With so many features to witness, Nitro sure has enough content to keep you interested. The single-player campaign will grab your attention for a long time. The AI is remarkably challenging with cops and opponents becoming more ruthless as you progress, ensuring your presence isn’t a comfortable one. The split-screen cooperative play and head-to-head modes are geared towards both casual and hardcore players and it brings a whole new arcade experience to the playing field. Even when playing cooperatively, the stars and money earned by the second player will go into your central pool, which is satisfying. Leaving the campaign and trying out the arcade mode felt slightly empty, though, and more could’ve been done to improve on it. I wanted to be able to set up a small circuit or tournament of events for friends who pop in, but sadly, I wasn't able to do this.
In the graphics department, Need For Speed: Nitro has seen a complete makeover in comparison to previous installments. The game boasts a cartoony vibe to the entire experience which has worked out pretty nicely. I didn’t notice any edgy textures or outlines throughout any of the races. All the environments have been polished to a satisfying standard and although there are a limited number of tracks, the map designs are perfect and create some dramatic scenes. You’ll even come across a sunset every once in a while which looks really beautiful. The menus are presented nicely with an urban touch, and good navigation.
Nitro runs outstandingly smooth at 60 frames per second. I experienced no frame drops, slow downs or any other issues during and outside challenges. The sense of speed is thrilling once you let loose of the speed that’s been building up in the nitrous tanks. Driving at 200mph looks and definitely feels like it should, unlike many other driving simulations. The sense of speed feels somewhat similar to the well-known Burnout franchise. Even in split-screen mode, the speed was fast, furious and mostly relentless. Unfortunately, I did experience some issues with the in-game camera. After getting slammed into other vehicles or walls at high speed, the camera would often vibrate around the car which often left me confused. Occasionally, you'll be wrapped in a tail spin facing the opposite direction. The problem arising here is that the camera goes haywire for a few seconds. This could’ve easily been fixed with a few adjustments.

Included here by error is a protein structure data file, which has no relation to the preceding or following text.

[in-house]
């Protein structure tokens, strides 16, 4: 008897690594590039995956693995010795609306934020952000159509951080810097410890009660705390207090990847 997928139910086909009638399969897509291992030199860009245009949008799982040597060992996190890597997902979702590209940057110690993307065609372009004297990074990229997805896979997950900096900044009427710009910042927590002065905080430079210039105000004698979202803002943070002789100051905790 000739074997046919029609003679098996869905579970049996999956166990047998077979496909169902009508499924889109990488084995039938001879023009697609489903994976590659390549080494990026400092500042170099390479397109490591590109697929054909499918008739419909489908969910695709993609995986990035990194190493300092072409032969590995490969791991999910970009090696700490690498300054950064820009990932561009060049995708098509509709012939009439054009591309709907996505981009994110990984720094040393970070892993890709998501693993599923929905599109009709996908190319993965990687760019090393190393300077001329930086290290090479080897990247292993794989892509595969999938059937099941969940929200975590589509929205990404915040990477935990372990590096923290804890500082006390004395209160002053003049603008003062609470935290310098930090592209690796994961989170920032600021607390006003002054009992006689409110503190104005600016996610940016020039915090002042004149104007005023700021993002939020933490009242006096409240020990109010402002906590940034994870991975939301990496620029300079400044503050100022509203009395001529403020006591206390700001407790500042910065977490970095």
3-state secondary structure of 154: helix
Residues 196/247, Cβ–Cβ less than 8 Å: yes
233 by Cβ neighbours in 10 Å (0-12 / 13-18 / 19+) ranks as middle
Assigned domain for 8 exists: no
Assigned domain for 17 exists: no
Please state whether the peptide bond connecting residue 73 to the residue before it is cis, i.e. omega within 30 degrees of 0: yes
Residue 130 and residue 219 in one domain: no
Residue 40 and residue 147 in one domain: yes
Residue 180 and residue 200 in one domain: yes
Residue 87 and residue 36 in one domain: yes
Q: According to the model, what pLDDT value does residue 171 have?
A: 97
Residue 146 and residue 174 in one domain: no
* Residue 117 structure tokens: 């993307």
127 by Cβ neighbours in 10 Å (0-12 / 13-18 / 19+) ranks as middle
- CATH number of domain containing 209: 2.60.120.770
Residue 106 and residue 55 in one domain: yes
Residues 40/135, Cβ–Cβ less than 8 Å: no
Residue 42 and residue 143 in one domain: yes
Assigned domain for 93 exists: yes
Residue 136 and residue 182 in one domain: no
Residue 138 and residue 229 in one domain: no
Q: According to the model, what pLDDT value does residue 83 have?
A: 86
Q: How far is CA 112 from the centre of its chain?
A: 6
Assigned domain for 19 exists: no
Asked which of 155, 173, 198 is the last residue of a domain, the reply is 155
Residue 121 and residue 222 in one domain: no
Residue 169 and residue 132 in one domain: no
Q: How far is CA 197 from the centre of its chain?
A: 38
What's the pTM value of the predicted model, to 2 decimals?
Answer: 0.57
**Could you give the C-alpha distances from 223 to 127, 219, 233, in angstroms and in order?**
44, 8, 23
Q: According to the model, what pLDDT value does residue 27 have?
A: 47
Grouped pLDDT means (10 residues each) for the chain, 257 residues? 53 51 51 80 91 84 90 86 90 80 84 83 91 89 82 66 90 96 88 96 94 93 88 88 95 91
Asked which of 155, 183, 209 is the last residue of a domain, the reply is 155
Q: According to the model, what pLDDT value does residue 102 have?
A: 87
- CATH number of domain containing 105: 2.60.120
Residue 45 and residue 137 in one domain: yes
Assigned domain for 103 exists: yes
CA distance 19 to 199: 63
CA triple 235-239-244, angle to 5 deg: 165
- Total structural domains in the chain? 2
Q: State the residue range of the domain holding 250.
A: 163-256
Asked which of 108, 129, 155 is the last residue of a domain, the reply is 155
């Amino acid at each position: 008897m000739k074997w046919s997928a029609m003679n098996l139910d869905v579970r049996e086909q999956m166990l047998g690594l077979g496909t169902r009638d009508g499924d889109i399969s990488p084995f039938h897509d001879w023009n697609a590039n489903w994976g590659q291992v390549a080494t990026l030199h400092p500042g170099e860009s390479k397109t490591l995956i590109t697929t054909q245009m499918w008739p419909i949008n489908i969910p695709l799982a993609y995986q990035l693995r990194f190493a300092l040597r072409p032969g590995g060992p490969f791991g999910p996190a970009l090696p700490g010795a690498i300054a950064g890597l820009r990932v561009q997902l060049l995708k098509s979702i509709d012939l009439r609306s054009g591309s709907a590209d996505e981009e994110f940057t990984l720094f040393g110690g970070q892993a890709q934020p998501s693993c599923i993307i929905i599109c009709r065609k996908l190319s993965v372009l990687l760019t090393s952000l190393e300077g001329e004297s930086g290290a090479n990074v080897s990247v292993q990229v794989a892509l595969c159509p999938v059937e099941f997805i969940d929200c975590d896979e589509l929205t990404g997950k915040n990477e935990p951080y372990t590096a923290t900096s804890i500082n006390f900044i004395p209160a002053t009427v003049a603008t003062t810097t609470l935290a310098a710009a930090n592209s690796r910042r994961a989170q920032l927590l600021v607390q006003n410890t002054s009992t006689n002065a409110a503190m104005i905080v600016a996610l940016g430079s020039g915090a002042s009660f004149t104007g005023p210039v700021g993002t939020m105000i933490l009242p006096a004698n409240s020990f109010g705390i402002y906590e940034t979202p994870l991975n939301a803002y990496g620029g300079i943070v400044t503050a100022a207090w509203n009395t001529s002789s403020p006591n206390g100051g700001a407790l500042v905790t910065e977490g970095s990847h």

The soundtrack is relatively small, but good. The list is filled with a variety of great artists and genres ranging between rock, hip hop, funk and more. Just like any Need For Speed title before it, the soundtrack is complete with a great line-up and it’ll take a while to get bored of every single song in there. You can also listen to every single track in the extras menu and even select which tracks to play throughout the arcade and campaign mode. I personally liked this feature as I preferred certain tracks over others. Even the car engine noises were done to perfection and sounded different with each vehicle.
One of the major letdowns with Nitro is that there aren’t any online modes to challenge opponents worldwide. Although I’ve played other Need for Speed games without online for months on end, online is becoming more and more important for Wii games like this. I mean, who wouldn’t want to take a vehicle they designed online and race for pink slips or exchange vehicles with other players through an exchange mode? For these reasons, if a sequel were to be developed, the developers would need to introduce an online mode to allow audiences to show off their driving skills.
Besides the lack of online play, empty arcade mode and camera issues, I also had problems with the controls. Thankfully, this applies only to a few controller options. I’ve tried all five controller methods and found it hard to adjust with the Gamecube and Wii Remote & Nunchuk. However, I had a blast with the Wii Wheel and quite enjoyed driving with the Classic Controller. The accelerate button on the Classic and Gamecube Controller is assigned to the R button while the brake button was assigned to B. Here’s the problem: They’re in the wrong place. Mario Kart Wii has the accelerate button as B, while the power ups are used with the R. It would’ve been better if there were options to customize controls to make them less of a pain.
This is the fourth Need For Speed title, but the first exclusive to hit the Nintendo consoles. Moving forward, there's no reason not to include any online features and emphasize on the current build of such a rewarding experience. Visually the game is brilliant, driving and drifting has been executed to near-perfection and there’s a hefty amount of replay value to keep you and your friends coming back for more. If you’re a Wii-only owner and want an arcade racer, Nitro is definitely strongly recommended. Although there are some speed bumps along the way, Nitro offers a pulse-beating package from start till finish.
22/30 - Good
Gameplay 8/10 - Great diversity in game modes, wide variety of controller support, challenging AI, lack of control customization, limited maps
Presentation 8/10 - Astonishing at 60FPS, fantastic locales, small yet nice selection for soundtrack, camera issues
Enjoyment 3/5 - Cooperative campaign is highly addictive, Arcade mode could’ve been better, overall very fun gameplay mechanics
Extra Content 3/5 - Replay value solely due to star system, heaps of unlockables, pretty good single-player campaign, no online
Equivalent to a score of 73% (percentage score is approximate and based solely on the previously stated rating)